(3) JF, I disagree with you about the "null hypothesis", which I keep putting in quotes because I don't think it's the right wording. It's basic physics that carbon dioxide has to have some effect on the transfer of energy through the atmosphere — it makes no sense to have a null hypothesis that CO2 has no effect whatsoever. The sensible question is, how big is the effect? I don't think it makes sense to think of this as a hypothesis test.

    (4) Radford, you and I probably agree on scientists-as-scientists and scientists-as-policy-advocates. But we sure disagree on the likely magnitude of climate change. Just to throw out a number (I'll try to come up with a better one, so for now this is just off the cuff), I might say there's an 90% chance that 800 ppm of CO2 will lead to extremely harmful climate change (plus ocean acidification, which hasn't even been mentioned in this thread); it sounds like you'd put the probability at, what, under 5%? Maybe under 1%?

    (5) Radford again: the question of what, if anything, should be done to reduce greenhouse gas emissions is separate from the question of whether anthropogenic global warming is happening and how big the effect will be. I happen to think that you are way overestimating what it would take to reduce emissions, in terms of societal/economic disruption, but I'd rather not get into that. The thing that is really bothering me at the moment is people who insist that they are certain, or virtually certain, that the effect of trebling or quadrupling the concentration of long-lived greenhouse gases will not be large.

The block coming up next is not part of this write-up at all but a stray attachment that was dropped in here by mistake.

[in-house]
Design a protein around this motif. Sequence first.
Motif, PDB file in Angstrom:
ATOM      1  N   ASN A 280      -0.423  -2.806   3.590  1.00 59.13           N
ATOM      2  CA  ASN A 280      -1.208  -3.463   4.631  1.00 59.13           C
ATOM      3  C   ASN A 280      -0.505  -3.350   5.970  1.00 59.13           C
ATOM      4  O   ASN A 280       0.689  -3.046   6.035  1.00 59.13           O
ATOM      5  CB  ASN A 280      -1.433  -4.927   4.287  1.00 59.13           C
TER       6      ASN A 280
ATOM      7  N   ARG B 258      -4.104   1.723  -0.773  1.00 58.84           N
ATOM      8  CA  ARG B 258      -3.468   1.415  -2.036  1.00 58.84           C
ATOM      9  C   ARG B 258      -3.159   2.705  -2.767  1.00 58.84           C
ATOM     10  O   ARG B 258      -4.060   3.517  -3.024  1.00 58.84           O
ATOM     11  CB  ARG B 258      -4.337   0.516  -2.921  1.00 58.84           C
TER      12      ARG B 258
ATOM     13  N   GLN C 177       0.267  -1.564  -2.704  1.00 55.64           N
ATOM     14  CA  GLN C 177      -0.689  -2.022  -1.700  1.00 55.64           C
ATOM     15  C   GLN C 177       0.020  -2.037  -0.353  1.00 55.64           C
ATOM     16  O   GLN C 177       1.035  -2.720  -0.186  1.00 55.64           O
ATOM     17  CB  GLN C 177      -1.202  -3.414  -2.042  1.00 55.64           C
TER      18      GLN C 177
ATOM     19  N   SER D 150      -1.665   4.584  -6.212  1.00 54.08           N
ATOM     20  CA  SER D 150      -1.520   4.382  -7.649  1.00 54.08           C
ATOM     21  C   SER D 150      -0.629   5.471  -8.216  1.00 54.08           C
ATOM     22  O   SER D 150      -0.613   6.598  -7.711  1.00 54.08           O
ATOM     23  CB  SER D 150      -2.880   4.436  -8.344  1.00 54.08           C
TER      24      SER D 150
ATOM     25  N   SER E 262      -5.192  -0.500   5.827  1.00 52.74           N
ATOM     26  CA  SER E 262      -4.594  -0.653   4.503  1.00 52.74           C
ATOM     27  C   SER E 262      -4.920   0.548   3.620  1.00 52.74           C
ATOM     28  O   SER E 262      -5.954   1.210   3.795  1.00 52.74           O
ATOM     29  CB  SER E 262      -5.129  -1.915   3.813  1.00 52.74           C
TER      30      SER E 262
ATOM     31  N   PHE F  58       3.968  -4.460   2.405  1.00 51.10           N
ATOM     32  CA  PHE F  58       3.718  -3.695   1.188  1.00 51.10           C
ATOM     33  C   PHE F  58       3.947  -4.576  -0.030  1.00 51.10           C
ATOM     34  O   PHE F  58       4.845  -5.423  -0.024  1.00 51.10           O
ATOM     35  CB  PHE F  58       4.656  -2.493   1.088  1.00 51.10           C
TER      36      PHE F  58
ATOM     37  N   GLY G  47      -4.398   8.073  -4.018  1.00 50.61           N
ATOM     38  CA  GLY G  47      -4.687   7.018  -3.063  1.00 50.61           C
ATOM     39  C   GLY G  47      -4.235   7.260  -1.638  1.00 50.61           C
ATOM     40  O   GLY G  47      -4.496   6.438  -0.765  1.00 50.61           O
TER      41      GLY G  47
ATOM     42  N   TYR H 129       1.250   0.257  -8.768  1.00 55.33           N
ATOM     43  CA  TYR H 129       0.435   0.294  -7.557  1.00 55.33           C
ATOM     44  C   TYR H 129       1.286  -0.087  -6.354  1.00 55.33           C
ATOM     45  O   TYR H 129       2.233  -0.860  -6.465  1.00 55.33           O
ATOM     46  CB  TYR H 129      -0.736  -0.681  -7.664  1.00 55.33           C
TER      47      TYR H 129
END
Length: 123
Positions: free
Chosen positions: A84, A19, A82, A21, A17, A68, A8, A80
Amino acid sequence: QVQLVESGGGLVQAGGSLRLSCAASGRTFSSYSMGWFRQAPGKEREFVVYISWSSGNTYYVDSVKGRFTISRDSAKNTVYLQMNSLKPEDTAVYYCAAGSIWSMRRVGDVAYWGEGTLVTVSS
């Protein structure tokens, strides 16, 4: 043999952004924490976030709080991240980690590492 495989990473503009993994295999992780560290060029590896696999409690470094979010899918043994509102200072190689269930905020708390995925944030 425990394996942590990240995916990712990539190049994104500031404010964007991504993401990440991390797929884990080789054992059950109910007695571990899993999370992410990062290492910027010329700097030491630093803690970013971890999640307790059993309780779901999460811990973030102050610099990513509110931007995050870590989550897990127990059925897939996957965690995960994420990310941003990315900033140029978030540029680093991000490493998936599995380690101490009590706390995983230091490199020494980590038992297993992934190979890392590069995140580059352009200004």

(6) "an applied mathematician" says "climate scientists aren't like other scientists. As the CRU emails and codes illustrates, they lack serious technical training." I know some climate scientists who have lots of serious technical training. You're just wrong about this.

    (7) "an applied mathematician" says that if you're not a climate researcher, you can say anything you want to policy-makers, but if you are a climate researcher it is wrong to give any advice on policy, you should "just present the facts." Right, we wouldn't want the policy-makers getting advice from the people who actually know what they are talking about! ;) Obviously, I don't agree with you.

    (8) Joe McDermot complains that everything is based on models rather than data. Joe, check out the IPCC reports, which present data and citations to more data.

  44. Radford Neal says:

    Phil says…

    I might say there's an 90% chance that 800 ppm of CO2 will lead to extremely harmful climate change (plus ocean acidification, which hasn't even been mentioned in this thread); it sounds like you'd put the probability at, what, under 5%? Maybe under 1%?

    Let's leave out acidification, which I don't know much about, and which would expand the discussion.

    If forced to make a judgement on what I know now, I'd put the probability of 800ppm being extremely harmful at least somewhat higher than 5%. (I'm not going to take the time now for intensive thought about exactly what number I'd put on it.) I think your 90% number verges on being unreasonably high. Note: by "extremely harmful", I mean serious consequences for humans (at least millions of deaths, directly and indirectly), and substantial environmental harm (eg, extinctions of many species whose ecological niches disappear). I do not mean anything like "wiping out humanity" or "destroying natural life". The really extreme scenarios one often hears about (explicitly or by implication) are very improbable.

    But the real point here is whether our judgement of this probability could be much improved if climate science operated according to normal scientific standards. I think it could. You seem to think not.